Irk are pretty fucking serious, too. It’s barely been a fortnight since I caught their set in Manchester supporting Berlin’s heads, and while they were pretty ripping them, tonight they really do take things to another level. Of course, when I previously stated that they sound like fellow Leeds band Blacklisters, I meant it as a compliment: Blacklisters are one of my favourite bands of recent years. They’ve delivered two gut-wrenchingly hefty albums and are one of the most consistent live acts you’ll find. But it’s on this outing that I first truly appreciate Irk in their own right as the drum / bass / vocal trio lumber, lurch and piledrive their way through a full-throttle set. Jack Gordon – an affable, articulate chap off stage – comes on like a man possessed, hurling himself about the low stage amid crushing bass riffs and powerhouse percussion. While the power trio format is often lionised as the optimal band configuration, there’s even less room to hide when there are only two instruments and a vocalist. And so it is that Irk are tight as hell and double the intensity of the playing to compensate the absence of instruments and bodies on stage. In contrast to Super Luxury, here’s little by way of over showmanship on display here, and instead it’s all about whipping up a blistering intensity through directness and unadulterated force.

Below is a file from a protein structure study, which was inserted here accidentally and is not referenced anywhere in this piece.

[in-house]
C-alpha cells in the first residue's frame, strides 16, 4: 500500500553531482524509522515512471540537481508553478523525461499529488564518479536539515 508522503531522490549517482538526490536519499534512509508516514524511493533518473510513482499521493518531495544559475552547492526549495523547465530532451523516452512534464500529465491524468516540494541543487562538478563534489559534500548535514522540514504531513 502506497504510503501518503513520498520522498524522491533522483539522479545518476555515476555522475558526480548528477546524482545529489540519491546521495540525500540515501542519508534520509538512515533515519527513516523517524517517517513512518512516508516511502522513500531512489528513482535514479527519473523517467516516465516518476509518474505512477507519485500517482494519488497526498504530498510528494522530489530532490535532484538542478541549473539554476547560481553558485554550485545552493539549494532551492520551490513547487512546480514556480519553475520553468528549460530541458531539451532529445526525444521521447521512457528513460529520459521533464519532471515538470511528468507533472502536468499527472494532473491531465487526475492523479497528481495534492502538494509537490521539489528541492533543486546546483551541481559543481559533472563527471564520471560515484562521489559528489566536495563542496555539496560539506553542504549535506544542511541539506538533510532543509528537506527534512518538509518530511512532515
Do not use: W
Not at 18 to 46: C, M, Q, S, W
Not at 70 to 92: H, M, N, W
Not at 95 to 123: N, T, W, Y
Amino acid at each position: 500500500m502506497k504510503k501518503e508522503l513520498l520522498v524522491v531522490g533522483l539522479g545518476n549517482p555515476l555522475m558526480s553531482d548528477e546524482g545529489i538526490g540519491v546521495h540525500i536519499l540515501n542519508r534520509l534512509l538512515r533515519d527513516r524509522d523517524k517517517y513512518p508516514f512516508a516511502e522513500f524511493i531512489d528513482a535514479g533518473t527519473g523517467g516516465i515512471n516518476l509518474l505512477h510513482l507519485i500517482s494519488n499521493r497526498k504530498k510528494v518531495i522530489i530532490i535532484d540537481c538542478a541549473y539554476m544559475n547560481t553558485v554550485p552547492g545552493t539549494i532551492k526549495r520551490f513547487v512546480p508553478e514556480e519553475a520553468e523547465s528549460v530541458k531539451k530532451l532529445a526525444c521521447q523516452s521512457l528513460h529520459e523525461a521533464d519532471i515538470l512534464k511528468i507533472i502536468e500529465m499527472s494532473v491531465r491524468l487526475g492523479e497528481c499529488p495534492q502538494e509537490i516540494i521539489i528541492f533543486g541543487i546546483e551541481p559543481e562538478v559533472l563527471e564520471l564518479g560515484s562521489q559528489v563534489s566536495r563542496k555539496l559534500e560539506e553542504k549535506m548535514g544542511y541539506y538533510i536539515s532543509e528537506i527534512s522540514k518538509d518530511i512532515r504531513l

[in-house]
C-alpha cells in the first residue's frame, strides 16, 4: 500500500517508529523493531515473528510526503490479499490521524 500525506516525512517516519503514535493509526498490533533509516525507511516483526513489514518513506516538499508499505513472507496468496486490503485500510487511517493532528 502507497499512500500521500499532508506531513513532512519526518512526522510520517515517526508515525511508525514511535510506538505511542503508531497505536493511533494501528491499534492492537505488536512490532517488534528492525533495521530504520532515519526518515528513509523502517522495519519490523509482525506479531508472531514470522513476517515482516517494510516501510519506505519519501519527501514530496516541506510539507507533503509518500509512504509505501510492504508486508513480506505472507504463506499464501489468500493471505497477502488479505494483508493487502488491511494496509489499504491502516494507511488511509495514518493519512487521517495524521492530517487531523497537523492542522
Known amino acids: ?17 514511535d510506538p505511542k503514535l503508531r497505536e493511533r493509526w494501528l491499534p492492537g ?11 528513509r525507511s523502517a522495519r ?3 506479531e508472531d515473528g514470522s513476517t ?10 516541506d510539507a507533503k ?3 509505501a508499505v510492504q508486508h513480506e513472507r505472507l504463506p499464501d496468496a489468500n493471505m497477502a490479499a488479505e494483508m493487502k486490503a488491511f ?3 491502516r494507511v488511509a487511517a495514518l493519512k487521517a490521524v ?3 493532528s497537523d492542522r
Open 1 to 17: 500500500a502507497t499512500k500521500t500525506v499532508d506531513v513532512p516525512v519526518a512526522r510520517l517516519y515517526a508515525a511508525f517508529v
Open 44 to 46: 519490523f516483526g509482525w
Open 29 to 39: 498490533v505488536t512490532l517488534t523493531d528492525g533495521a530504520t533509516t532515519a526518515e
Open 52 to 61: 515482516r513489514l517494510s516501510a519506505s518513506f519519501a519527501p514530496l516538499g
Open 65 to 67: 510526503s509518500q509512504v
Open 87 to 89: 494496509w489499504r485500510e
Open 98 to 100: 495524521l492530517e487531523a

DSCF5231

Irk

With not a weak act on the jam-packed, super-value bill, and every act giving every last drop of juice to their performance, this is going to stand as one of the gigs of the year. The venue may not have been packed to capacity, but there’s no question that those who were there will be talking about it. That’s precisely how legends are made, and I’d wager that that at some point in the future, tonight will go down as one of those landmark events. And if I’m wrong… fuck it, it was a great night.